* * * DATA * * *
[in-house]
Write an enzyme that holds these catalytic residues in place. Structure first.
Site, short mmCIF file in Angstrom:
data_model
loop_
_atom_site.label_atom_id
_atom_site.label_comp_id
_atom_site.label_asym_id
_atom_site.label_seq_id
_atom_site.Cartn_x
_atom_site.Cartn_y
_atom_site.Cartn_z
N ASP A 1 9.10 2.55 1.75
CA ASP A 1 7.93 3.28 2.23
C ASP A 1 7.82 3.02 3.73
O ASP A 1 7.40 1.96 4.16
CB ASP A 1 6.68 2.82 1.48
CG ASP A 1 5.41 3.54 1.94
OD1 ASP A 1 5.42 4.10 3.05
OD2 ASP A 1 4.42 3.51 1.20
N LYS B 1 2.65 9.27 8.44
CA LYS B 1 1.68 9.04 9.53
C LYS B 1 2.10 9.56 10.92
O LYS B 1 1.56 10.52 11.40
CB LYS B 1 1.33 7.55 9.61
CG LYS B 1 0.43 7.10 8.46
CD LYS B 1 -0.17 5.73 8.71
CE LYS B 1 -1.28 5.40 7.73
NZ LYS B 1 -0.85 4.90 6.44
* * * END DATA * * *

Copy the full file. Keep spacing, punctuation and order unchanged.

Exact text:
[in-house]
Write an enzyme that holds these catalytic residues in place. Structure first.
Site, short mmCIF file in Angstrom:
data_model
loop_
_atom_site.label_atom_id
_atom_site.label_comp_id
_atom_site.label_asym_id
_atom_site.label_seq_id
_atom_site.Cartn_x
_atom_site.Cartn_y
_atom_site.Cartn_z
N ASP A 1 9.10 2.55 1.75
CA ASP A 1 7.93 3.28 2.23
C ASP A 1 7.82 3.02 3.73
O ASP A 1 7.40 1.96 4.16
CB ASP A 1 6.68 2.82 1.48
CG ASP A 1 5.41 3.54 1.94
OD1 ASP A 1 5.42 4.10 3.05
OD2 ASP A 1 4.42 3.51 1.20
N LYS B 1 2.65 9.27 8.44
CA LYS B 1 1.68 9.04 9.53
C LYS B 1 2.10 9.56 10.92
O LYS B 1 1.56 10.52 11.40
CB LYS B 1 1.33 7.55 9.61
CG LYS B 1 0.43 7.10 8.46
CD LYS B 1 -0.17 5.73 8.71
CE LYS B 1 -1.28 5.40 7.73
NZ LYS B 1 -0.85 4.90 6.44